Undrafted WR Patrick Edwards Could Make the Detroit Lions' Final 53-Man Roster

Sigmund BloomNFL Draft Lead WriterMay 14, 2012

TULSA, OK - NOVEMBER 25:  Wide receiver Patrick Edwards #83 of the Houston Cougars rushes in the first half against the Tulsa Hurricanes on November 25, 2011 at H.A. Chapman Stadium in Tulsa, Oklahoma.  Houston defeated Tulsa 48-16.  (Photo by Brett Deering/Getty Images)
Brett Deering/Getty Images

No wide receiver playing college football at the FBS level had more touchdown catches than Houston's Patrick Edwards did last season. His 20 scores still weren't good enough to get him drafted, though—probably because of his 5'9", 175 pound frame and lack of top-end speed. They were, however, good enough to get a contract from the Detroit Lions, who also signed the all-time winningest collegiate QB, Boise State's Kellen Moore, as an undrafted free agent. Now, Edwards is already on his way to making the team's final roster.

Lions head coach Jim Schwartz said that the team "thought a lot" of Edwards, and they "were very surprised that he didn't get drafted," according to Dave Birkett from the Detroit Free Press. Per Paula Pasche of the Daily Tribune, Edwards talked to GM Martin Mayhew and WR coach Shawn Jefferson "right after the draft," and he decided to pursue the opportunity to impress the team.

Edwards and Moore hooked up frequently during this weekend's rookie mini-camp. According to Pasche, Edwards said, “As the days went on he (Moore) got good and the ball started coming in the right places and we converted a lot of deep plays and scores.’’ Pasche called Edwards' plays "eye-catching," especially on the final day of practice.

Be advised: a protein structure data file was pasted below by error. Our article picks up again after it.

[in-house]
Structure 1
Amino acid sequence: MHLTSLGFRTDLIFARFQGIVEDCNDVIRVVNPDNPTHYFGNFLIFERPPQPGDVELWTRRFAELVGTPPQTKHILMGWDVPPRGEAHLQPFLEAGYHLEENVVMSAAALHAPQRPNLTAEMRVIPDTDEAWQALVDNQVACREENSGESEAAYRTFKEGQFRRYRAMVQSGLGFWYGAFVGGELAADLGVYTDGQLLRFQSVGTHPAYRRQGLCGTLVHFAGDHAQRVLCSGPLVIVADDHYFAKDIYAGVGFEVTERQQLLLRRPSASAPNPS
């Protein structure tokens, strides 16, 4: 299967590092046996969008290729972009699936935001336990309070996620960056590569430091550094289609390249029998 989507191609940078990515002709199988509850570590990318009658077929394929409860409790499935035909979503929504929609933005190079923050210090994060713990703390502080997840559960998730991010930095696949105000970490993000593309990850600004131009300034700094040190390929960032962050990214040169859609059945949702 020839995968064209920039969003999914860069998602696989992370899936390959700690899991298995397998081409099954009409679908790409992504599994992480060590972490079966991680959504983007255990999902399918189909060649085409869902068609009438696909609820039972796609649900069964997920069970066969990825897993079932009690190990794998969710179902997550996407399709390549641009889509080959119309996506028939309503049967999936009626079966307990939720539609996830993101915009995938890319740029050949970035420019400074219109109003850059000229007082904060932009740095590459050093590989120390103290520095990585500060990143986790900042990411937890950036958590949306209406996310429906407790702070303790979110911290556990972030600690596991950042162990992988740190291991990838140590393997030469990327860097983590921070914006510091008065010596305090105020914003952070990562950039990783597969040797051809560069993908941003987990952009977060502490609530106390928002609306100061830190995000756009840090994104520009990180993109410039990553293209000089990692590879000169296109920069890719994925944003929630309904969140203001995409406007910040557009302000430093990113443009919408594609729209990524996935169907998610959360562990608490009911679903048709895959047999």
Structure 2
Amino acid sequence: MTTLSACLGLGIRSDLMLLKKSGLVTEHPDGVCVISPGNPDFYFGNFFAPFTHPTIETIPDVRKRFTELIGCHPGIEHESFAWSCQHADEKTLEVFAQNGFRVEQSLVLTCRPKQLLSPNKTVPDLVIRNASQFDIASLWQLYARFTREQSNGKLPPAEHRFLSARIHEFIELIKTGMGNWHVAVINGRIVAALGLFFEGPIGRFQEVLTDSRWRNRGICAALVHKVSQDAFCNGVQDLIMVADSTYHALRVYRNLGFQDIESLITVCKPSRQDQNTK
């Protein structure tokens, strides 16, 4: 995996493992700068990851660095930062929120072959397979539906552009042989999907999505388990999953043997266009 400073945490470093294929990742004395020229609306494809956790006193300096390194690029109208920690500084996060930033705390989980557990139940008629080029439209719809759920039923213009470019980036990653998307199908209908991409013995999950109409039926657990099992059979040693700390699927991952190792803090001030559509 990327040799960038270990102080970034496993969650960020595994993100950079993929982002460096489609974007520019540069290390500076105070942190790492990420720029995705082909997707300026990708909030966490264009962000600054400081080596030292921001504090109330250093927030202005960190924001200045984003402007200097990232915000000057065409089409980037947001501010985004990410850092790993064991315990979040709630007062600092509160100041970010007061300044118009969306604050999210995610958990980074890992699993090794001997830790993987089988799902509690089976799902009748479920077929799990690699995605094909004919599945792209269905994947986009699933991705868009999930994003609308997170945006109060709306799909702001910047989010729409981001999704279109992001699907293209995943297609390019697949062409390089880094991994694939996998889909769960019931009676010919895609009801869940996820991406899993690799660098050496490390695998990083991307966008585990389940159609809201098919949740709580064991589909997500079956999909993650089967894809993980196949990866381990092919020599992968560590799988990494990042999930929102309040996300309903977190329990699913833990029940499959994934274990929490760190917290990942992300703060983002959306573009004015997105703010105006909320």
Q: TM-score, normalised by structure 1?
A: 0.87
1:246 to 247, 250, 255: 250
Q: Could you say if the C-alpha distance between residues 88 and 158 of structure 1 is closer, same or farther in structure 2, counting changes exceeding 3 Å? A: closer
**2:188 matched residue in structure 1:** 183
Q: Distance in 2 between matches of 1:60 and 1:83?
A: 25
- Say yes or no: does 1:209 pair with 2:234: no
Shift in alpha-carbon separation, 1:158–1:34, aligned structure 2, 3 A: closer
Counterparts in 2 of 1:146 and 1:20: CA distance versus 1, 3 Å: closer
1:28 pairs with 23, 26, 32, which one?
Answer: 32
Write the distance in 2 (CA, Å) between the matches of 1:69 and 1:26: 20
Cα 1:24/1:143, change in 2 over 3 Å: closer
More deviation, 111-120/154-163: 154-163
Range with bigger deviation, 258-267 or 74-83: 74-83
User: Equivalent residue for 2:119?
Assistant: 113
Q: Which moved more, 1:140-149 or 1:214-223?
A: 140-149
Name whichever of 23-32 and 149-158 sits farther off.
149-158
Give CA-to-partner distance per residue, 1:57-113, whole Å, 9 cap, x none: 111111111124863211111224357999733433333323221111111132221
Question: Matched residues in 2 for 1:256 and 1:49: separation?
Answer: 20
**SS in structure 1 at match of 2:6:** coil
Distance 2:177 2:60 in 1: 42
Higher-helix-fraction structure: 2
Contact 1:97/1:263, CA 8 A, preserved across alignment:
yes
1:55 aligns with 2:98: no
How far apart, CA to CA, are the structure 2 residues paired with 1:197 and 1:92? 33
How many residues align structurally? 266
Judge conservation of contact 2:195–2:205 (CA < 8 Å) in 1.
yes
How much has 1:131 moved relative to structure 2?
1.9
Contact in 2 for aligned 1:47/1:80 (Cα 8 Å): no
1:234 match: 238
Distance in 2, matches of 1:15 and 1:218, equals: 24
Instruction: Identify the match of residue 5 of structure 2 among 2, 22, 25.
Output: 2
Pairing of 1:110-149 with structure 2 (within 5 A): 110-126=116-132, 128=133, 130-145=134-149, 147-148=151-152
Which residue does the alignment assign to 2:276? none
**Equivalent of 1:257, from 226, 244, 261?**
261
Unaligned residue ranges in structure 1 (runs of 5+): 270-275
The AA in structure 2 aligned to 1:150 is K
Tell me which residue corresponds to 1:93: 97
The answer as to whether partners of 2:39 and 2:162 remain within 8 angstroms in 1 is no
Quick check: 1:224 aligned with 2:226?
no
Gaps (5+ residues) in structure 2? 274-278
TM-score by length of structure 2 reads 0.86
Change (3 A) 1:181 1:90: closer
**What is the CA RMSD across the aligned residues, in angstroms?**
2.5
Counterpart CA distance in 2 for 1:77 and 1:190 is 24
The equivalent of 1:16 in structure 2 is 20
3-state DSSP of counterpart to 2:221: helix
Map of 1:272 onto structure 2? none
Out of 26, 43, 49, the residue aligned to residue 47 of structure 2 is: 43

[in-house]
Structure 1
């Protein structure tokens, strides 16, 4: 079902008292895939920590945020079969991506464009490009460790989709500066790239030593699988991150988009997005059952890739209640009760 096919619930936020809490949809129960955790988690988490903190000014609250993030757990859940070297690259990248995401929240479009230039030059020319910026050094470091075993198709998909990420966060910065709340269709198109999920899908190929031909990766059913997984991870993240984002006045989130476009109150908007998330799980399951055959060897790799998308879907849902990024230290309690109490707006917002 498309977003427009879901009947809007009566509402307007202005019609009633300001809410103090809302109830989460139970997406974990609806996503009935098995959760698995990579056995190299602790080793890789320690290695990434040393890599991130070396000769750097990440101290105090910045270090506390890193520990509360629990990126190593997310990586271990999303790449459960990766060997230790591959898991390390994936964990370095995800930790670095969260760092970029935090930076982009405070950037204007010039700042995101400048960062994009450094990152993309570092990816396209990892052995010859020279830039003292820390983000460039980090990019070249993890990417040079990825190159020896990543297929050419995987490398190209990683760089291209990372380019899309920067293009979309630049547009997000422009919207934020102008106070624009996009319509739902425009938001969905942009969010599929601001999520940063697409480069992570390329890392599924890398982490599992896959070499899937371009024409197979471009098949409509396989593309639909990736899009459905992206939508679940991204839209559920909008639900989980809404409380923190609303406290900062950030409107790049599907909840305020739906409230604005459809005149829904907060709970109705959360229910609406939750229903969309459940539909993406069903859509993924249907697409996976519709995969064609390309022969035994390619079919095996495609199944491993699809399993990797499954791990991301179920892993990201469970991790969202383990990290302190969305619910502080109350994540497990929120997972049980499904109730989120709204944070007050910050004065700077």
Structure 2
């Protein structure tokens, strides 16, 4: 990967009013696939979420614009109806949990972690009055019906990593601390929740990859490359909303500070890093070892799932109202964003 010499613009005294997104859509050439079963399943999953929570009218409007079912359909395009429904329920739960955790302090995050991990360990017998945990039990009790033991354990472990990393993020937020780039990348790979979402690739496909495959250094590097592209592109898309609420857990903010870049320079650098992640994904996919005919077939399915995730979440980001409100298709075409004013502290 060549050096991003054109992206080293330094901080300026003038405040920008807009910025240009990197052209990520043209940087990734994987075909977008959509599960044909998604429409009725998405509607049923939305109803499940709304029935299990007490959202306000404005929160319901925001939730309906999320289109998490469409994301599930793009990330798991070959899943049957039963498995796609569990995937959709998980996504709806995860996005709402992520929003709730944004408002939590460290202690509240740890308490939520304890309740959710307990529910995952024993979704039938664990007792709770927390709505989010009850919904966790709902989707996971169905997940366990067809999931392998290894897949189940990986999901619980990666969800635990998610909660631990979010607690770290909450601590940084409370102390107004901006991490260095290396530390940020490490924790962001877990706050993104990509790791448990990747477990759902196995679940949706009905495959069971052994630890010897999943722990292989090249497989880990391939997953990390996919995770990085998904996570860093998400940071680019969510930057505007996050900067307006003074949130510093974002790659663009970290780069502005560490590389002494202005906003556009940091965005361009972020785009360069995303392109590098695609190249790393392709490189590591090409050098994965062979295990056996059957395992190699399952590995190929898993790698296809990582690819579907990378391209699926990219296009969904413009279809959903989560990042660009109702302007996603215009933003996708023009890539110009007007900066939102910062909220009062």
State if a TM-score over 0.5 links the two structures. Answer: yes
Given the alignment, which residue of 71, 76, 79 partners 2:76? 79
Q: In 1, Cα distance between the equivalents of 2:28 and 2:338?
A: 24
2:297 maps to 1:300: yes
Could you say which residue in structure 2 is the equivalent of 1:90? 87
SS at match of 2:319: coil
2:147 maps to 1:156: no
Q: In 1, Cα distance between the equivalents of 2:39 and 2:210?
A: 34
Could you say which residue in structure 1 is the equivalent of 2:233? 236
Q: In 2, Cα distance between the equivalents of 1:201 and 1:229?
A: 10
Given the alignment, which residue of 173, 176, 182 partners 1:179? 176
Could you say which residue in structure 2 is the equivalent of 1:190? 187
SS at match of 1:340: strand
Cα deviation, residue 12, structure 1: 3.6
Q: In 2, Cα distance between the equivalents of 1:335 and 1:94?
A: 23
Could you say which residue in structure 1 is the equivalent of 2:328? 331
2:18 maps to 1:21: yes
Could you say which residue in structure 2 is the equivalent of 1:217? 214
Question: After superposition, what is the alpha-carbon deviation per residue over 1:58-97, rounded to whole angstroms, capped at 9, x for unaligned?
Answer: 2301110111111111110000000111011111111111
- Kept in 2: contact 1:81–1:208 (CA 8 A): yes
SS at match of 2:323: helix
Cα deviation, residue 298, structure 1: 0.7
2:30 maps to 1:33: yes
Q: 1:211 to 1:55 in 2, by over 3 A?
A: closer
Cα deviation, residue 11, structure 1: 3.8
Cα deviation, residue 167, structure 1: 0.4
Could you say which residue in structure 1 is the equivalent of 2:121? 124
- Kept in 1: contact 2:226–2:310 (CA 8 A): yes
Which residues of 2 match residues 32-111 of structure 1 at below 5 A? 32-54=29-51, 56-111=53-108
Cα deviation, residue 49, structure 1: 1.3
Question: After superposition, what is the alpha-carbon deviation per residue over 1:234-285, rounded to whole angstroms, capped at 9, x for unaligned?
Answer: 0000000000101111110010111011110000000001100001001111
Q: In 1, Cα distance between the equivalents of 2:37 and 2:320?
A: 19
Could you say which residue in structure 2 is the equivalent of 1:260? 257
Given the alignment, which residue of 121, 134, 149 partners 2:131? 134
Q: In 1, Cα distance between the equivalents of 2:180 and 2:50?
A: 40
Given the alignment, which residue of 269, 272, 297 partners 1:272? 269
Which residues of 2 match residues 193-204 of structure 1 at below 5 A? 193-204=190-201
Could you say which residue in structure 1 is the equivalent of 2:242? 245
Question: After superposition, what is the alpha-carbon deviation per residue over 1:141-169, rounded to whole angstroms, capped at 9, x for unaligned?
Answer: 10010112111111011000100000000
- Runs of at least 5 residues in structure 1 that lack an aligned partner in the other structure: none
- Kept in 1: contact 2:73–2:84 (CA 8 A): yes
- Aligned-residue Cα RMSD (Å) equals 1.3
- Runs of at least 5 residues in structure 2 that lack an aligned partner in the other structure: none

Undrafted free agents usually face long odds to make the final roster, but Edwards is in the right position to make a run at a job. After Calvin Johnson, Titus Young and Nate Burleson, the Lions have no established wideouts. Second-round pick Ryan Broyles is coming off of an ACL tear and might start the season on the PUP list. Edwards can add value as a punt returner, and he'll have much more experience practicing with the team than Broyles.

Not only could Edwards make the roster if he keeps this up, he could even get on the field in four-wide sets early in the season.

The odds of Edwards ever playing pro football were remote when he finished high school. He wasn't offered a scholarship and had to walk on at Houston. After a grisly compound leg fracture in 2008, those odds got even more microscopic. But now, Edwards is poised to overcome the odds again, and it sounds like his coaches have little doubt that he's capable of doing it.